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Re: draft-ietf-http-pep-02

From: Roy T. Fielding <fielding@liege.ICS.UCI.EDU>
Date: Wed, 21 Aug 1996 22:39:31 -0700
To: khare@w3.org
Cc: http-wg%cuckoo.hpl.hp.com@hplb.hpl.hp.com, jepi-core@commerce.net
Message-Id: <9608212239.aa03063@paris.ics.uci.edu>
X-Mailing-List: <http-wg@cuckoo.hpl.hp.com> archive/latest/1441
>>  If it does [affect the body], that must be indicated via
>>  a change in one of:  Content-Type, Content-Encoding, or
>>  Transfer-Encoding, depending on how it is intended to be
>>  interpreted.  There are many possibilities in how to
>>  indicate such a change, but something must appear in one
>>  of those fields.
> Must? There are lines that should be drawn around MIME influence in this  
> protocol. I have an open mind, all the way up to forbidding body-rewriting  
> (see above), but HTTP is a sovereign protocol which can define its own  
> extensions -- extensions which cannot be represented for MIME, anyway. Of  
> course, I can see that the MIME community might want to adopt parts of PEP,  
> too...

I am not referring to MIME -- I am referring to section 7.2.1 of HTTP/1.1,
which is quite explicit about how to determine the data type transferred.

> Another way to placate this need is to put in a blanket "pep" C-E: indicating
> that critical content modification was done by pep extensions.

Yes, that is one way to do it, assuming you don't allow extensions to be
interleaved with normal encodings.

>> [references to grammar rules]
> Roy! It says right above that section: these rules are copied from 2.2 of  
> HTTP/1.1. Grant the reader a *little* mercy in tracing back every reference in
> a spec... In any case, the spirit of this section is to normatively refer to  
> 1.1.

I saw it -- it is a C-style comment (odd in itself) above the definition
of bag, which BTW was removed from the HTTP/1.1 spec.  The reason I mention it
is that other specs (e.g. MIME) only define a BNF item when they intend
to change it, so that only those aspects of the main protocol (HTTP in our
case, 822 for MIME) are highlighted by the updating spec.  Therefore, I think
it is less readable to define things that you don't intend to change.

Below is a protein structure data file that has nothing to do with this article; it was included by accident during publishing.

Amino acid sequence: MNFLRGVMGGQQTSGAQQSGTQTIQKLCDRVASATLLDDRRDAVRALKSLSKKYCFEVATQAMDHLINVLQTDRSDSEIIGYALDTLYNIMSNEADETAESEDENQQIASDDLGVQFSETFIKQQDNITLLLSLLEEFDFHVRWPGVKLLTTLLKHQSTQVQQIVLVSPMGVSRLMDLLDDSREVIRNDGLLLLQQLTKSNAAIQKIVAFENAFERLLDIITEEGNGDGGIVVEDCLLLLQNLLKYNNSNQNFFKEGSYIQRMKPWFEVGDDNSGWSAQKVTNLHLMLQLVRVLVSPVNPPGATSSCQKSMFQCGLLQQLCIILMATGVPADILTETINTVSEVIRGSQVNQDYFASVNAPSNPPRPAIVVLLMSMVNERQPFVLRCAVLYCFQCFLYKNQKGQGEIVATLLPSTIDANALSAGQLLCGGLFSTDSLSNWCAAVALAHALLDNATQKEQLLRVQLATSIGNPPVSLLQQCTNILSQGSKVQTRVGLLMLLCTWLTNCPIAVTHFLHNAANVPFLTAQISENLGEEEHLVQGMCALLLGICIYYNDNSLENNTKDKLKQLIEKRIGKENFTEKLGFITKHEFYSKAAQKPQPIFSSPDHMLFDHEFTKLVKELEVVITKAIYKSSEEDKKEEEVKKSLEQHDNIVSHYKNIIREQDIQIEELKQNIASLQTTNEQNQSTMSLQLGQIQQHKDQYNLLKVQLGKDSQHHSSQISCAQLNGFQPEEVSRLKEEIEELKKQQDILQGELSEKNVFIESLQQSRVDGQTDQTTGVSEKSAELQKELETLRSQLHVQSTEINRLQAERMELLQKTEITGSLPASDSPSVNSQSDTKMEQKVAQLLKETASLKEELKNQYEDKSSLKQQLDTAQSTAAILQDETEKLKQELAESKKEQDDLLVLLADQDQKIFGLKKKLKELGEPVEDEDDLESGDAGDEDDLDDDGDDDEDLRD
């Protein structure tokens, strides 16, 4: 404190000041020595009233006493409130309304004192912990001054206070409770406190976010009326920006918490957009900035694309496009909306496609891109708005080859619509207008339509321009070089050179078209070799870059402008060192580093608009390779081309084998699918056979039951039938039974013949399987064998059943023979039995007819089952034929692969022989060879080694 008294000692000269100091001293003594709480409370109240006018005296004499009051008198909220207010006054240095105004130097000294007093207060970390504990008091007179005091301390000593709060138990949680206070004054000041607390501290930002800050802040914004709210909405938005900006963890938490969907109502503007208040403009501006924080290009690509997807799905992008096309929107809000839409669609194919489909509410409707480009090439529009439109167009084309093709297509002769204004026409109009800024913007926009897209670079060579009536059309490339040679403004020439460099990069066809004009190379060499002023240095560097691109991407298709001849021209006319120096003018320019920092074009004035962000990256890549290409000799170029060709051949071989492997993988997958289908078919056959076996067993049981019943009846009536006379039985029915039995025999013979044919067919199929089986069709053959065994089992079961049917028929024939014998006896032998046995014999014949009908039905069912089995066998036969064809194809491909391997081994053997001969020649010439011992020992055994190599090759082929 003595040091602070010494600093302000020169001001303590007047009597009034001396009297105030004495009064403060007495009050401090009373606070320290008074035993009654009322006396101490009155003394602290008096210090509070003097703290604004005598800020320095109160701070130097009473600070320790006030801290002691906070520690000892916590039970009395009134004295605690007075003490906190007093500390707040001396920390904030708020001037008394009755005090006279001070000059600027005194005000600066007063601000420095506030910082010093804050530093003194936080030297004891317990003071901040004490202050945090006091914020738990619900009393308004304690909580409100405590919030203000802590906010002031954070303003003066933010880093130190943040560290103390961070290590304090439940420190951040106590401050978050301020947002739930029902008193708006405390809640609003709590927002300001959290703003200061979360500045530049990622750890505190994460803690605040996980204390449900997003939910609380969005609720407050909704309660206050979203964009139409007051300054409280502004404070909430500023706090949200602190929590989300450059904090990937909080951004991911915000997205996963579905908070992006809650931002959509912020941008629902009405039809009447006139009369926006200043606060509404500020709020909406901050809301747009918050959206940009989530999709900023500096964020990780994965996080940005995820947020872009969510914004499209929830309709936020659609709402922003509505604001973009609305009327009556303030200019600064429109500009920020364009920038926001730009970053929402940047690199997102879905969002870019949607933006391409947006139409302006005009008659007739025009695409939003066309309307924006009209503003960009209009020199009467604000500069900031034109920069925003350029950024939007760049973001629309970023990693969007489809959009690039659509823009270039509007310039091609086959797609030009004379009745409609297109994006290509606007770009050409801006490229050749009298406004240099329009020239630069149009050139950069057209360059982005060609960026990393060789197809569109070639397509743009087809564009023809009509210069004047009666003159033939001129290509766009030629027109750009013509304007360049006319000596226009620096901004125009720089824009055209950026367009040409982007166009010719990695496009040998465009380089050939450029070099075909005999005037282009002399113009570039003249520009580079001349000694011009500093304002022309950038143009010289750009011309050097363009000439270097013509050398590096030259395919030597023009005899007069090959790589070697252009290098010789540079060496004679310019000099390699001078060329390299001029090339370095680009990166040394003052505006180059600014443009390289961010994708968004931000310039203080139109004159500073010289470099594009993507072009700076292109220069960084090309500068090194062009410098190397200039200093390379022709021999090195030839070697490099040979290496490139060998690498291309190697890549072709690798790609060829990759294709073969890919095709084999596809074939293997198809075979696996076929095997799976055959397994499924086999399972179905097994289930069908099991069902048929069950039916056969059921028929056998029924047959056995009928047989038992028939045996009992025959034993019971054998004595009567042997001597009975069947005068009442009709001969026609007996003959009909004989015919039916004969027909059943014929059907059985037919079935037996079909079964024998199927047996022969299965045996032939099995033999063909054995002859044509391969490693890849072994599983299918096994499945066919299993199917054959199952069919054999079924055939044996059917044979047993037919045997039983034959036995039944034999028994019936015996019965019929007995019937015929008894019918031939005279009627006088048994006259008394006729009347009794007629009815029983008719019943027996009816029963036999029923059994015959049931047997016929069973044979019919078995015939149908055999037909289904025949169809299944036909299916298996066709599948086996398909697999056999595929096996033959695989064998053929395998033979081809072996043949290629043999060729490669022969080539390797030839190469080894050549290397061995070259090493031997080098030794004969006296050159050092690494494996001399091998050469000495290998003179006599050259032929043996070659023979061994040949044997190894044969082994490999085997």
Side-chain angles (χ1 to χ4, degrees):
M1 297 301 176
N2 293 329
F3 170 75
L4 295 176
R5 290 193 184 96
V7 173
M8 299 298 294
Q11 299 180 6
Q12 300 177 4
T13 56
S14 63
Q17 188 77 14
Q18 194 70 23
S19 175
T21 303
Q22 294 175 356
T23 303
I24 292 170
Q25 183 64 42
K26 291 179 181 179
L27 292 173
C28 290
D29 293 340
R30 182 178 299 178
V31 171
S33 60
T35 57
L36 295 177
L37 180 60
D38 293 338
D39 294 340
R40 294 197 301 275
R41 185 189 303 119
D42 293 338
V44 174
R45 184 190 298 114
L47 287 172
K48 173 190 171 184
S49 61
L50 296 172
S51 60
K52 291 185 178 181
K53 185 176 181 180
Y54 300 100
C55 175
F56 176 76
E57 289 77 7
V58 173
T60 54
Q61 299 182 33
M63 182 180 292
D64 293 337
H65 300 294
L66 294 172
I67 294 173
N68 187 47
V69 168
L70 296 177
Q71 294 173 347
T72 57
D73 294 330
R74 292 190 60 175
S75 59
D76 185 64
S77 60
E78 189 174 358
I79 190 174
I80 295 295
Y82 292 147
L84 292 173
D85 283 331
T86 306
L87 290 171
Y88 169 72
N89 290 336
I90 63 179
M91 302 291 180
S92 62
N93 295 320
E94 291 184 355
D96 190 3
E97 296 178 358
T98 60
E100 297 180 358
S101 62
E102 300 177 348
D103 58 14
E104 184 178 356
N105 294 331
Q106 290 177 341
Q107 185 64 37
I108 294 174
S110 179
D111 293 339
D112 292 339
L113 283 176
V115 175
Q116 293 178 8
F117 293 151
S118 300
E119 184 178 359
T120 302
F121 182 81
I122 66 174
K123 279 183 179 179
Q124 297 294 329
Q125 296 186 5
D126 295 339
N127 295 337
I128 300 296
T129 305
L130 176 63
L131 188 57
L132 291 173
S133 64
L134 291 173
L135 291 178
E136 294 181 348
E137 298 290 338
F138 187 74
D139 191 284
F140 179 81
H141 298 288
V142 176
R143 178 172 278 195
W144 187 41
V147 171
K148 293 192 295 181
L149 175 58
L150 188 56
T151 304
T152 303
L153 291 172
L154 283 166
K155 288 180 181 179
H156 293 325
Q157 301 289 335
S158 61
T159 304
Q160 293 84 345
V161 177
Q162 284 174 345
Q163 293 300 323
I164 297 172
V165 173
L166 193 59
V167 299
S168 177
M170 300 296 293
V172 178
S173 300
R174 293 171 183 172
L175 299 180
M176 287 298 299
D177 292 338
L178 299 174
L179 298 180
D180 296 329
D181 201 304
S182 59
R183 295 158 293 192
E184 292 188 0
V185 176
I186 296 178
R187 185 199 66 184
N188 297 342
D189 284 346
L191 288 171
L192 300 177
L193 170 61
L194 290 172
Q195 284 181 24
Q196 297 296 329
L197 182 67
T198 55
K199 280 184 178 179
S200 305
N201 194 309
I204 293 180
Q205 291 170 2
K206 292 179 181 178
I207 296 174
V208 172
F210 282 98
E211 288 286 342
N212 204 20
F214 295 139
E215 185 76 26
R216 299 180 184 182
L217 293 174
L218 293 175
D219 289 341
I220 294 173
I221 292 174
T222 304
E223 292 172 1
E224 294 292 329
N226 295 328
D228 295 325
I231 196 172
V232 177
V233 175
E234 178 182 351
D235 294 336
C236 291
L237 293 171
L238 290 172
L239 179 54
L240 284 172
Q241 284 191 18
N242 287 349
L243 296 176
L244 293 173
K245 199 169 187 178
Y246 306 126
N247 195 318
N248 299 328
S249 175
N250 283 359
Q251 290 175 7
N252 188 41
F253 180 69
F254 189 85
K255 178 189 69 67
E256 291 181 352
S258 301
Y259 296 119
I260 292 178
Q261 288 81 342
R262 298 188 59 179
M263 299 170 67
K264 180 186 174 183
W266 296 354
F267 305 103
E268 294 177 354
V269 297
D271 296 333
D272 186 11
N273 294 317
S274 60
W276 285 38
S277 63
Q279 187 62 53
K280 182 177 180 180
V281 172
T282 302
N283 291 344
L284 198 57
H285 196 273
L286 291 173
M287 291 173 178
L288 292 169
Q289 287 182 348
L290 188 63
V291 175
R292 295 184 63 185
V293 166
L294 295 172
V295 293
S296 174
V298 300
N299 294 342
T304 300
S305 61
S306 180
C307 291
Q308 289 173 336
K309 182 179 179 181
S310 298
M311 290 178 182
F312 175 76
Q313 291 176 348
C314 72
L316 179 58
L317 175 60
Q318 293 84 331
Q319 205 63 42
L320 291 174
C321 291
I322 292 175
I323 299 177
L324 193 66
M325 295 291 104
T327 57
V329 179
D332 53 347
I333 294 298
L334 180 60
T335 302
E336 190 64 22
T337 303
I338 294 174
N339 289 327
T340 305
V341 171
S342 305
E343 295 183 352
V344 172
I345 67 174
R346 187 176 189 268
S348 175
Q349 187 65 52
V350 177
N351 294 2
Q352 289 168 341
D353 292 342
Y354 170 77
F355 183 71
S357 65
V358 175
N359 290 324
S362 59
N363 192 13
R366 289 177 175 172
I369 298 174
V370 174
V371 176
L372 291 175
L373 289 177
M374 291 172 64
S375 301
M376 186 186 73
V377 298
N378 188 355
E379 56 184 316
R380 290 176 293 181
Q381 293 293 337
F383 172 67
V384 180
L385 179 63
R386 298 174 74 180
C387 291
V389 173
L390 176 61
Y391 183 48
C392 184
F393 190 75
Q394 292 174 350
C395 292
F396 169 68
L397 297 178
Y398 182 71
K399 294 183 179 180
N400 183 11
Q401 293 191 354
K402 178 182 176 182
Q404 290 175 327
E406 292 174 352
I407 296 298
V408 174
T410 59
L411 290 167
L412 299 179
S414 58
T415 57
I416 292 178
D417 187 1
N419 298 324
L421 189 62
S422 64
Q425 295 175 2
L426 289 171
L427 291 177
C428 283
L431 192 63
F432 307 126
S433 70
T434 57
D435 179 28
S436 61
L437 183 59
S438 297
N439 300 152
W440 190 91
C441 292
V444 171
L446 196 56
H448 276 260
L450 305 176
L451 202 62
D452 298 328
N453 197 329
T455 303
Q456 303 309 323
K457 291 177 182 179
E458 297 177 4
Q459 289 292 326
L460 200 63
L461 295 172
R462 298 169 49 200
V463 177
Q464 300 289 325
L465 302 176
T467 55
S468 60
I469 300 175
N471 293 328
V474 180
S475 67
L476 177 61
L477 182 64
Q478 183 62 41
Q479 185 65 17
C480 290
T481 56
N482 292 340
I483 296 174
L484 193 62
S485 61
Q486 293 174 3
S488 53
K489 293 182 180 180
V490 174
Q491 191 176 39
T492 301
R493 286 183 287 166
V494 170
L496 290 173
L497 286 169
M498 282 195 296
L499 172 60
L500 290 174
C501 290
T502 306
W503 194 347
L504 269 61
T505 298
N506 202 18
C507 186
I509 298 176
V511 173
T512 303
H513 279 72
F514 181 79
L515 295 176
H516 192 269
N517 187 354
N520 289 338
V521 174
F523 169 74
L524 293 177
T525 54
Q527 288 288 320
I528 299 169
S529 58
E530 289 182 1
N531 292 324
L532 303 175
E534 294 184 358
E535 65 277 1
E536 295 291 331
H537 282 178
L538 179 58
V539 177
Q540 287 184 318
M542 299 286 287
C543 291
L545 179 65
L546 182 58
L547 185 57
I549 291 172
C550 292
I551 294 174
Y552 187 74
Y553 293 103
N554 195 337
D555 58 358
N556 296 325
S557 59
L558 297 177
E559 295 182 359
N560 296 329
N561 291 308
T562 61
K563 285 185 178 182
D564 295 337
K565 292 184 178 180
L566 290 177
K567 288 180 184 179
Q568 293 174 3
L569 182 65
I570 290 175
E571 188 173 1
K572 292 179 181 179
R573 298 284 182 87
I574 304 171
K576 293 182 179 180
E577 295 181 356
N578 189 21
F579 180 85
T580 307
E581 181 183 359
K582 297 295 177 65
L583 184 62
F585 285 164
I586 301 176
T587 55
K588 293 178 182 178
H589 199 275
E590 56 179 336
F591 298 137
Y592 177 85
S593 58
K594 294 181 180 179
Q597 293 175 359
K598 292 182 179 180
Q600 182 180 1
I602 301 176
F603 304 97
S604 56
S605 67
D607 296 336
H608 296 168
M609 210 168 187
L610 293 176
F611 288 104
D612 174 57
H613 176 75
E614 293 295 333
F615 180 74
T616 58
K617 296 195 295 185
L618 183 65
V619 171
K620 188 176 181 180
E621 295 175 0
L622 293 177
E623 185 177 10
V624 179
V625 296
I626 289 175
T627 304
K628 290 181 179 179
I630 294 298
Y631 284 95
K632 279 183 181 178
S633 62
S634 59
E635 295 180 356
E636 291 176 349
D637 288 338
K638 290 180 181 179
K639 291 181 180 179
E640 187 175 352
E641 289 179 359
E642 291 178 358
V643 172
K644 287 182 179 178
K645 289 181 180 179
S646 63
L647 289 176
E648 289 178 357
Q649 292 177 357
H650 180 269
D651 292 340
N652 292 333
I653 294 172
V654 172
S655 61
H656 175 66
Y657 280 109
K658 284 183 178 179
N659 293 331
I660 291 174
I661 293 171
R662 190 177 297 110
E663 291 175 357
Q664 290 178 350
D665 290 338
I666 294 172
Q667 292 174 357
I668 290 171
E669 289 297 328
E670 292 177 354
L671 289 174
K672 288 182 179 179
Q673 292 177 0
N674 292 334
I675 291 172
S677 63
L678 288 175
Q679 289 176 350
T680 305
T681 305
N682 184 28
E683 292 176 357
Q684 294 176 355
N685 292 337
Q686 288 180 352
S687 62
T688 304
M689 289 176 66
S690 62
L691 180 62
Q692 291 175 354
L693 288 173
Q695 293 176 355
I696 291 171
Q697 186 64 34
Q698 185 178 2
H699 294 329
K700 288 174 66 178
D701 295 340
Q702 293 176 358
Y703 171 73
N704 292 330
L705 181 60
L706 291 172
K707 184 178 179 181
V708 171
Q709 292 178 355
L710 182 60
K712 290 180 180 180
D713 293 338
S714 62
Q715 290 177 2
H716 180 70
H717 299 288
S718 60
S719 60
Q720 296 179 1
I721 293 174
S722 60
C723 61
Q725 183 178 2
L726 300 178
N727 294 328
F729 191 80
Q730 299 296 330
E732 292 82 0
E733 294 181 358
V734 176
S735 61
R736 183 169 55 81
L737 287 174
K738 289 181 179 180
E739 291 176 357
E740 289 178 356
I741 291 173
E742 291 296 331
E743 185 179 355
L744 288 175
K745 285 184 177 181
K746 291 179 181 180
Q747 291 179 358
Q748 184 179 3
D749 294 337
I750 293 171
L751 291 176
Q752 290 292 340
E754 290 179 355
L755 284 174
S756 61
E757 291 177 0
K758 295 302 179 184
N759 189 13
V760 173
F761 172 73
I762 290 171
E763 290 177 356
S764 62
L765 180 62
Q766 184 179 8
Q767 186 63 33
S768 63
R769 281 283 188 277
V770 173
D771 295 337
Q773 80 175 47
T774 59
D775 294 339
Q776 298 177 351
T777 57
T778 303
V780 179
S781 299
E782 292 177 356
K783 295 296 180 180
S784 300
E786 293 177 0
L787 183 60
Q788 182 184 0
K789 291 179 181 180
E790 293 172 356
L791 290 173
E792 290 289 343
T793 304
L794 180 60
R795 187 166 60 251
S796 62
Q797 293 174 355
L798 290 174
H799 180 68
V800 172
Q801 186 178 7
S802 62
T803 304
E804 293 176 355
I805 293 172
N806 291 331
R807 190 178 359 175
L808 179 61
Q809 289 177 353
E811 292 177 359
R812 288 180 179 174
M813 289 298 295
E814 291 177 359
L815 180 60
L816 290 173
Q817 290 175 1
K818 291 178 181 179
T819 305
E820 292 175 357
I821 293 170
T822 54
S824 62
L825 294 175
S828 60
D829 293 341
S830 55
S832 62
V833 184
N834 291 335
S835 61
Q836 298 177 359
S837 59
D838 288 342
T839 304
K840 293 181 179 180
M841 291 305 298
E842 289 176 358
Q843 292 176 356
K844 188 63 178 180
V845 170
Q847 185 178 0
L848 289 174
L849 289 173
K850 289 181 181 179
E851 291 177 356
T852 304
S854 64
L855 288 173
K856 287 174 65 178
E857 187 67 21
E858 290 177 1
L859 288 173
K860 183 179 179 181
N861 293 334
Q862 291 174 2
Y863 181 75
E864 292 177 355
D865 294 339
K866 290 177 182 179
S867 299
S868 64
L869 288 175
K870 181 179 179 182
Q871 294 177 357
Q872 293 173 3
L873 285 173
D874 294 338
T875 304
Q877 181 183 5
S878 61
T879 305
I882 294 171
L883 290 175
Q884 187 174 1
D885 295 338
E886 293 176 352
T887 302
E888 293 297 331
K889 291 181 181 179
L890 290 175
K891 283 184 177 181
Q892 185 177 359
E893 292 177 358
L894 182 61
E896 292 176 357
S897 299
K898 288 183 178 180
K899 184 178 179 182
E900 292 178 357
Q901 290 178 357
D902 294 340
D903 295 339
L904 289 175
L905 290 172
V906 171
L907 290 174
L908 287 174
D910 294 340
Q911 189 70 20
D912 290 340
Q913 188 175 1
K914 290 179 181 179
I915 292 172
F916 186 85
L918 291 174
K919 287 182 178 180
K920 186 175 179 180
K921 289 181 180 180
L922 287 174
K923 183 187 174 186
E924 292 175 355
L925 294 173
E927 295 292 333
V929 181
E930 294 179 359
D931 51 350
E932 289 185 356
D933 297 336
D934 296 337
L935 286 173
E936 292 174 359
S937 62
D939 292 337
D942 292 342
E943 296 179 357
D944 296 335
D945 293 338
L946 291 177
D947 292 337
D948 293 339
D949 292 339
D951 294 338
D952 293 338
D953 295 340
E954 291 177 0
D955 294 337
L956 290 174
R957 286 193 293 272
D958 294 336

>>  Umm, what about a scope of "all"?  PEP cannot be used to
>>  express many cache-related extensions without the notion
>>  of a requirement that is applicable to all recipients.
>>  The same applies to some encryption extensions.  I know
>>  you had it before -- what happened to it?
> The "route" scope used to apply to all agents that handled a message; when  
> some of us gamed it out, it was hard to imagine route extensions that weren't
> a-series-of-successive-connection-extensions, like a row of dominos. The  

The difference is that route placed a requirement on successive connections,
whereas conn only places the requirement on this connection.  If the
requirement has anything to do with security or robustness of the transport
path, then conn just isn't sufficient to express the requirement.

> 522 was imagined more on the basis of "hmm... you bumped into a server  
> implementation limit -- yes, the spec allows you to ask me to do 8192-bit  
> signatures, but it's my fault I can't accept above 256-bits" -- or perhaps  
> something more temporary. Basically: a 423 indicates parameters bad prima  
> facie (a string in place of a number), and 522 indicates run-time errors.  

Okay -- it just needs the explanation then.

 ...Roy T. Fielding
    Department of Information & Computer Science    (fielding@ics.uci.edu)
    University of California, Irvine, CA 92697-3425    fax:+1(714)824-4056
Received on Wednesday, 21 August 1996 22:56:08 UTC

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